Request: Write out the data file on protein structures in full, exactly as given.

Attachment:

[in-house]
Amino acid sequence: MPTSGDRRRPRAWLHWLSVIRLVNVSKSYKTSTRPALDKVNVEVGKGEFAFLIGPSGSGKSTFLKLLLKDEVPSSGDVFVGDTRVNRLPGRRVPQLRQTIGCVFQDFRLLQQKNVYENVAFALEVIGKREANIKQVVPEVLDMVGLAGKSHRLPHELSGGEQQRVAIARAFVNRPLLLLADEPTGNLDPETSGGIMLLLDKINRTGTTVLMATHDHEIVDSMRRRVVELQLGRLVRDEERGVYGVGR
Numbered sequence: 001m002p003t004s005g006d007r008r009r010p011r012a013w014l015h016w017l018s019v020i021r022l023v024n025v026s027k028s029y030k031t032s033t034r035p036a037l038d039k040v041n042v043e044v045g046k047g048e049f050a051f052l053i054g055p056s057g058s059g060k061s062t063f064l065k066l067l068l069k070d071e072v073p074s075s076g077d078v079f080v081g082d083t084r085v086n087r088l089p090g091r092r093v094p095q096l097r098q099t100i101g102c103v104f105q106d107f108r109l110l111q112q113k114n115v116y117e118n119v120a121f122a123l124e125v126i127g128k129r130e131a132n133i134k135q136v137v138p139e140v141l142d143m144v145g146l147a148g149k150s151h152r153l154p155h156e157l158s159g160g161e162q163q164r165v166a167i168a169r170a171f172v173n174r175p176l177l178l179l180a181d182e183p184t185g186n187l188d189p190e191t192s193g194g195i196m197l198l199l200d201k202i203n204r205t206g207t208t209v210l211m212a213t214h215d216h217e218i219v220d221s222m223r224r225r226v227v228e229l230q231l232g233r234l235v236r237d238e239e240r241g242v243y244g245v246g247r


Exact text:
[in-house]
Amino acid sequence: MPTSGDRRRPRAWLHWLSVIRLVNVSKSYKTSTRPALDKVNVEVGKGEFAFLIGPSGSGKSTFLKLLLKDEVPSSGDVFVGDTRVNRLPGRRVPQLRQTIGCVFQDFRLLQQKNVYENVAFALEVIGKREANIKQVVPEVLDMVGLAGKSHRLPHELSGGEQQRVAIARAFVNRPLLLLADEPTGNLDPETSGGIMLLLDKINRTGTTVLMATHDHEIVDSMRRRVVELQLGRLVRDEERGVYGVGR
Numbered sequence: 001m002p003t004s005g006d007r008r009r010p011r012a013w014l015h016w017l018s019v020i021r022l023v024n025v026s027k028s029y030k031t032s033t034r035p036a037l038d039k040v041n042v043e044v045g046k047g048e049f050a051f052l053i054g055p056s057g058s059g060k061s062t063f064l065k066l067l068l069k070d071e072v073p074s075s076g077d078v079f080v081g082d083t084r085v086n087r088l089p090g091r092r093v094p095q096l097r098q099t100i101g102c103v104f105q106d107f108r109l110l111q112q113k114n115v116y117e118n119v120a121f122a123l124e125v126i127g128k129r130e131a132n133i134k135q136v137v138p139e140v141l142d143m144v145g146l147a148g149k150s151h152r153l154p155h156e157l158s159g160g161e162q163q164r165v166a167i168a169r170a171f172v173n174r175p176l177l178l179l180a181d182e183p184t185g186n187l188d189p190e191t192s193g194g195i196m197l198l199l200d201k202i203n204r205t206g207t208t209v210l211m212a213t214h215d216h217e218i219v220d221s222m223r224r225r226v227v228e229l230q231l232g233r234l235v236r237d238e239e240r241g242v243y244g245v246g247r